Increasing speed isn’t going to work in all instances, but there are many instances where this approach will work and save you time and money. The size and stiffness of stacks vary widely, and so the amount of additional steel needed to raise Vc above Vupr will vary widely. Sometimes just adding a small amount of steel can get you out of the danger zone, and other times it can take a tremendous amount of steel just to raise the Vc by 0.5 mph [0.2 m/s]. You just have to try and see if it will work on your stack.

If we can be of assistance, please don’t hesitate to contact us at support@mecaenterprises.com

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]]>There was a lot a panic a couple of years ago that FBC 2017 referenced ASCE 7-16. This isn’t true, the FBC 2017 still references ASCE 7-10. We have had a few Florida customers that have indicated that some local jurisdictions have required that they use ASCE 7-16. We haven’t been able to determine if this is a jurisdiction imposing their own requirements, or if it’s a misunderstanding of the FBC 17 requirements. Either way, we have both situations now covered in the MecaWind software since ASCE 7-10 or ASCE 7-16 can be used.

FBC 17 actually allows you to use ASCE 7-10. It goes further and gives the designer the option to use some criteria within FBC 17 to determine wind loads if the building meets certain requirements:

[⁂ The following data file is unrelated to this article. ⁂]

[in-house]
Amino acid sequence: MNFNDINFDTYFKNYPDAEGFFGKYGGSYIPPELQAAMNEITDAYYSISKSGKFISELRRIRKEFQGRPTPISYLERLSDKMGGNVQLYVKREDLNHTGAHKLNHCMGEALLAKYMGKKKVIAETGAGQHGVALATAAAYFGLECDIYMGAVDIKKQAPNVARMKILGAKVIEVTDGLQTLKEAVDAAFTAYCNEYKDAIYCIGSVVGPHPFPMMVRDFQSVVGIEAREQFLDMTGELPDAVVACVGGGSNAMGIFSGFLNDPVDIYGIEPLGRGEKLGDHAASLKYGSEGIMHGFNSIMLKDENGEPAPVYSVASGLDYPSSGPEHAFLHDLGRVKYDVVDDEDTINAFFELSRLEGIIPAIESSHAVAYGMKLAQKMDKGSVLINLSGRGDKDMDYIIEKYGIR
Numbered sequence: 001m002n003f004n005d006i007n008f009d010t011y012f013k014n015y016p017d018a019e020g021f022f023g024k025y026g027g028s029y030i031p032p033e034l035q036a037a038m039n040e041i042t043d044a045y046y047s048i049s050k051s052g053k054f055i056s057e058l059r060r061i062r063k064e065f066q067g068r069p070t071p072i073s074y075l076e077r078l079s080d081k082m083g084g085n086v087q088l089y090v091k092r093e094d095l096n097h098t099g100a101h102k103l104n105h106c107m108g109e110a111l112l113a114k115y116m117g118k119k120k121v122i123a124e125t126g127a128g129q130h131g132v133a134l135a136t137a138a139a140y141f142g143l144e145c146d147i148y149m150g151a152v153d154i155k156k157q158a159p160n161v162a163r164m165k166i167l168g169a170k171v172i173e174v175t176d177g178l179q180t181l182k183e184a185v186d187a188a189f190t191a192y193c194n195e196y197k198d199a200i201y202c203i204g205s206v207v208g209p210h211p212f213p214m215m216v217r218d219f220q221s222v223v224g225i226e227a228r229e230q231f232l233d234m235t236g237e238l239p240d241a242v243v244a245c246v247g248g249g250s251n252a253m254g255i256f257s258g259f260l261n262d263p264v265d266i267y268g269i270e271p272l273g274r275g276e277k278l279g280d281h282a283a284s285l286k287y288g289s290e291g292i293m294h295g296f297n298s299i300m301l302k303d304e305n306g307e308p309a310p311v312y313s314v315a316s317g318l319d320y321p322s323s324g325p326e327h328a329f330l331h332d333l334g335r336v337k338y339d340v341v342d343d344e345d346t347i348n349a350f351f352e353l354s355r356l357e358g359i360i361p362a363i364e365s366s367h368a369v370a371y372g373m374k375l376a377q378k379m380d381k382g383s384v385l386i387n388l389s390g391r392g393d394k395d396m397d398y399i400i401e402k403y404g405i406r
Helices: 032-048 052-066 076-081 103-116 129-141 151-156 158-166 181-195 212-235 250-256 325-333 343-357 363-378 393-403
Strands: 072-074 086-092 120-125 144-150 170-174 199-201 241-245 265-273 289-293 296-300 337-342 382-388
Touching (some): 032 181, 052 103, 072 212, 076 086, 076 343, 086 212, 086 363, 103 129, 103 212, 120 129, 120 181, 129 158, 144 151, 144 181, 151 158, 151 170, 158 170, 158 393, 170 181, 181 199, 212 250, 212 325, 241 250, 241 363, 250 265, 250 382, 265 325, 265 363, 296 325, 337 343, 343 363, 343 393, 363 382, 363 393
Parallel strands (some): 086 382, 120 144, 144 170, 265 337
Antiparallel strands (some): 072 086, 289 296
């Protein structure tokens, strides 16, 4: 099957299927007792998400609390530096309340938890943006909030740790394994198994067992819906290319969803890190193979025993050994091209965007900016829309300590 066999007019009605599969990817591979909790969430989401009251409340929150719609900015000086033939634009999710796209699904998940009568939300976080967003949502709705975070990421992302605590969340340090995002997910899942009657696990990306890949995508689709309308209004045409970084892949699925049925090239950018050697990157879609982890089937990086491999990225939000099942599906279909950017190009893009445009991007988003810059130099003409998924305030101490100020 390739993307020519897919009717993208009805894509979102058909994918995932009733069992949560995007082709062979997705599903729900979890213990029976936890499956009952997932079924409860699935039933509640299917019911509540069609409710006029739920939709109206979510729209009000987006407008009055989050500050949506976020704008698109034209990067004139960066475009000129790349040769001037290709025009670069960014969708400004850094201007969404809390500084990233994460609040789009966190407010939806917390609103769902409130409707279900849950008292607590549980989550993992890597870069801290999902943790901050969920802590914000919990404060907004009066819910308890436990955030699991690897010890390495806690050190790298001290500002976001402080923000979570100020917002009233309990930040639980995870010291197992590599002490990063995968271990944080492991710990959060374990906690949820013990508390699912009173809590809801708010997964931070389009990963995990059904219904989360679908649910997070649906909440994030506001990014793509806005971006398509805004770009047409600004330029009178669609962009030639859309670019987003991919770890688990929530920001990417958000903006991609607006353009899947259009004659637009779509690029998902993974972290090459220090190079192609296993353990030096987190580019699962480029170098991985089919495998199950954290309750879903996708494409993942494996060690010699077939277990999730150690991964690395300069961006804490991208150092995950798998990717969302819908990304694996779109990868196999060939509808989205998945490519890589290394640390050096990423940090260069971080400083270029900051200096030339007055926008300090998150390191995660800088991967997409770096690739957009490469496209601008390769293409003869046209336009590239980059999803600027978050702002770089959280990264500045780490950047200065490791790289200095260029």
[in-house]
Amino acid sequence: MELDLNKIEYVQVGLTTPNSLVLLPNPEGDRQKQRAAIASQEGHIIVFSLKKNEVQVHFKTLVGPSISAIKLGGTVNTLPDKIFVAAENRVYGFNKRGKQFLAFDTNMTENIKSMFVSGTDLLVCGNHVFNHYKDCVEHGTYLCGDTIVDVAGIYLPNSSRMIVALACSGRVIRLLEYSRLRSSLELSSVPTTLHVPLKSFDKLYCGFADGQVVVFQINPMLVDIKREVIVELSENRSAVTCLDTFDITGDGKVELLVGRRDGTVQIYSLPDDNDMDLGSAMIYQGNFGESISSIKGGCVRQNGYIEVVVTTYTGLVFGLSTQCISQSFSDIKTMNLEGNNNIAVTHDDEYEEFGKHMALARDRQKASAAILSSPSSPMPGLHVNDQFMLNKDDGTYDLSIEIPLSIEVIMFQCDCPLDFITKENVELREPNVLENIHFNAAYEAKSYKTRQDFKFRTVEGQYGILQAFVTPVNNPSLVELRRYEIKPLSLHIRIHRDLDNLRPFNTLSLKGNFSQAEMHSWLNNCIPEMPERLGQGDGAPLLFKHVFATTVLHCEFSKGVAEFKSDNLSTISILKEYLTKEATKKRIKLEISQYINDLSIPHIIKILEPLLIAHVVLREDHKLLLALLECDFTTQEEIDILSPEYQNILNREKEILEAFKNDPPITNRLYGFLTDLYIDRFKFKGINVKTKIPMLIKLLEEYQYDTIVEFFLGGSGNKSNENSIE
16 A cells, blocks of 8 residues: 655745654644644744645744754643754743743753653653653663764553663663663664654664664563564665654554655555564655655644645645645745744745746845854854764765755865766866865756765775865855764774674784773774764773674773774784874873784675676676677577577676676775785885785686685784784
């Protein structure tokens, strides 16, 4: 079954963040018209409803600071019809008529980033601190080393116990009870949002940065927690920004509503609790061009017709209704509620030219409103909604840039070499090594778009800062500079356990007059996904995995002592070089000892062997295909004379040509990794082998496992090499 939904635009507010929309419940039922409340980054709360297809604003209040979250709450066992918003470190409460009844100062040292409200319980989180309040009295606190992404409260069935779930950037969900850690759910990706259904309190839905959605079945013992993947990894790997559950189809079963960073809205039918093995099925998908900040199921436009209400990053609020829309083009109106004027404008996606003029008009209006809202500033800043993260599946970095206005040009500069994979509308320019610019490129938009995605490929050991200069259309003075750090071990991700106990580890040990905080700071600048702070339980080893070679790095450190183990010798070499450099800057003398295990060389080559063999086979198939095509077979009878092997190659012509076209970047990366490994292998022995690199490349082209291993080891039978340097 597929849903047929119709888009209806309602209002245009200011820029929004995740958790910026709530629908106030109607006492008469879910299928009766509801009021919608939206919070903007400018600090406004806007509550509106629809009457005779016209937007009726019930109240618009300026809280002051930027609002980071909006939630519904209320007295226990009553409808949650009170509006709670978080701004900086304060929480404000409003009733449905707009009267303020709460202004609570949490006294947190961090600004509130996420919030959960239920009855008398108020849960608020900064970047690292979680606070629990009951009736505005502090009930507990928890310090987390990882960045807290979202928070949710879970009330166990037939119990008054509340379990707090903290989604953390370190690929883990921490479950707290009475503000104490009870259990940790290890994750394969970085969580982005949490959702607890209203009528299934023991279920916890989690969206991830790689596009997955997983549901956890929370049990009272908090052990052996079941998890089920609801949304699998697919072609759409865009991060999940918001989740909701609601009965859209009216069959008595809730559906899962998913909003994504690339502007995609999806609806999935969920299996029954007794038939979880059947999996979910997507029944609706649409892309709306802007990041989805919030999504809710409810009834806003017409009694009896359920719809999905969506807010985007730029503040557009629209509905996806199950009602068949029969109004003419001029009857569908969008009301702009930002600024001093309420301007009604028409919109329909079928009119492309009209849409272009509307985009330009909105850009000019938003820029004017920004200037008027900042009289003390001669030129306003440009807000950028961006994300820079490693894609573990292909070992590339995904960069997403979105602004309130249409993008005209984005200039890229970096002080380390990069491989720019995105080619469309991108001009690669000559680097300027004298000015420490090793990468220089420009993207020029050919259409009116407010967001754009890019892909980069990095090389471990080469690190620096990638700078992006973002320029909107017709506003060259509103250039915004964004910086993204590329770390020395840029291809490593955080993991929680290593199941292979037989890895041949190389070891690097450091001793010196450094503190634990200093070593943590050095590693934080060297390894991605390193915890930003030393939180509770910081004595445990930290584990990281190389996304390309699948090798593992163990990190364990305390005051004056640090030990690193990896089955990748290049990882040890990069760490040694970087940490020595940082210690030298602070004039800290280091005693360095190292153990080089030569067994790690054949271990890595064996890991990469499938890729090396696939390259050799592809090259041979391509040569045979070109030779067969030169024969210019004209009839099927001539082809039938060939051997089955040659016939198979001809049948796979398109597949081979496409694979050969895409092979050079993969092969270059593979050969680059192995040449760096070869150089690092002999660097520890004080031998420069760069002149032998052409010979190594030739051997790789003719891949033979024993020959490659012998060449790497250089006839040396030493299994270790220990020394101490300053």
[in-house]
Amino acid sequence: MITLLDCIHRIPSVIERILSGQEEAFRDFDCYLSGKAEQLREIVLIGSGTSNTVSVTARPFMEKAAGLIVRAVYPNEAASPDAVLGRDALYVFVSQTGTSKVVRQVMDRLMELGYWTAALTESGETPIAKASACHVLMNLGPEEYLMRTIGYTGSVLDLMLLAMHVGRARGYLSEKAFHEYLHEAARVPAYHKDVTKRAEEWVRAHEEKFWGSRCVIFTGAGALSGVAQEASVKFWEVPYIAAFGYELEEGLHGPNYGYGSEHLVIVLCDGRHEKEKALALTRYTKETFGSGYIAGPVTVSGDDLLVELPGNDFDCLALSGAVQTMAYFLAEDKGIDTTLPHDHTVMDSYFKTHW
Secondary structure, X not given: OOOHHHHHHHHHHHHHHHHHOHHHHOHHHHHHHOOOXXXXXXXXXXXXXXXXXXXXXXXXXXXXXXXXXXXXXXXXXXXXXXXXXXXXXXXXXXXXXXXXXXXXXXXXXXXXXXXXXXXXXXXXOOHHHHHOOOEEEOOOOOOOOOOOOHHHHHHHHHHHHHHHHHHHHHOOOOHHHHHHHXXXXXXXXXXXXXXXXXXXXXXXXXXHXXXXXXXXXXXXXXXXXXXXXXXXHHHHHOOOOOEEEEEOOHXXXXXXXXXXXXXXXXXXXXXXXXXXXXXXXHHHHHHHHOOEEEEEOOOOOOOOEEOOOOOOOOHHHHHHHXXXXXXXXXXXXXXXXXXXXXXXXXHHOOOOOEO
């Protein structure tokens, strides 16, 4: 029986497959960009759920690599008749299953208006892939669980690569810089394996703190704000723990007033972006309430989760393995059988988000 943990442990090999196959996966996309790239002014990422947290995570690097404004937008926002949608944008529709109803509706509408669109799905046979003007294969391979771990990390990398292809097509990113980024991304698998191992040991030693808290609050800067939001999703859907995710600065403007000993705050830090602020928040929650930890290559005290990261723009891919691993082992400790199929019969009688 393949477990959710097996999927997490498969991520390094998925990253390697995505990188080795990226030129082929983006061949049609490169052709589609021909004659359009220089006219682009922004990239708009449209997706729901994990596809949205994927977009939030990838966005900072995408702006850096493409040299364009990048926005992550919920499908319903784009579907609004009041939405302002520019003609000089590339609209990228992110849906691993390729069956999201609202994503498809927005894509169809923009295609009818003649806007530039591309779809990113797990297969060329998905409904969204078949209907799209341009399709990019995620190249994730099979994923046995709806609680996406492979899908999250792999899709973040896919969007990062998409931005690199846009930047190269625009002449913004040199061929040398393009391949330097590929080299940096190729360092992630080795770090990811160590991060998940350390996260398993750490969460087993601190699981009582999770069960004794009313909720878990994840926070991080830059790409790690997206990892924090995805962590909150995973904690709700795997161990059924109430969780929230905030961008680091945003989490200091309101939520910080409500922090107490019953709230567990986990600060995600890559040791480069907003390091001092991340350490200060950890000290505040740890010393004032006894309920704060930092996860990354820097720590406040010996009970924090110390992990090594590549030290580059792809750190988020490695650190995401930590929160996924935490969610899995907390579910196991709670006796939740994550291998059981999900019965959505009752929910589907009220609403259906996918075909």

1609.6.1

41. Building or other structure <= 75 ft (22.86 m)

height-to-least width ratio of 4 or less

fundamental frequency >= 1 Hz

42. Not sensitive to dynamic effects

43. No located on a site for which channeling effects or buffeting are a concern

44. Building meet requirements of Simple Diaphragm Building

If the above criteria are met, then the method per Para 1609.6 can be followed. From our perspective, the method in Para 1609.6 appears to be a simplified method that is intended to be used by a Designer looking up values in Table 1609.6.2. This table has values for Cnet, and then the Cnet value is used to calculate the wind pressure using Equation 16-35.

How does FBC 17 compare to ASCE 7-10? To answer this we did a comparison of a simple gabled building using FBC 17 vs ASCE 7-10. For the ASCE 7-10 option we used Ch 27 Pt 1 for the Main Wind Force Resisting Design (MWFRS) and Ch 30 Pt 1 for the Components and Cladding (C&C).

FBC 17 does address other nonbuilding structures, such as chimneys, tanks and similar structures. On the surface the table for these structures appear to be different from that in ASCE 7; however, after some investigation we see that it yields identical pressures to ASCE 7-10. Thereforce, we recommend just using ASCE 7-10 since FBC 17 offers no advantage.

There are some other special considerations when following FBC 17.

1) Rigid Tile – There are special guidelines for calculating the wind loads acting on Rigid Tile in Para 1609.5.3.

2) Garage or Rolling Doors – There are special requirements for Garage or Rolling doors that are handled in Para 1609.7.

Please note that both of these special provisions are included in the FBC 17 option of MecaWind.

In ASCE 7-10, we use ultimate wind loads and then the load combinations factors are applied if Allowable Stress Design (ASD) is being performed. FBC 17 handles the case of ASD design a little different, it modifies the wind speed used in the calculations to an ASD velocity using Equation 16-33.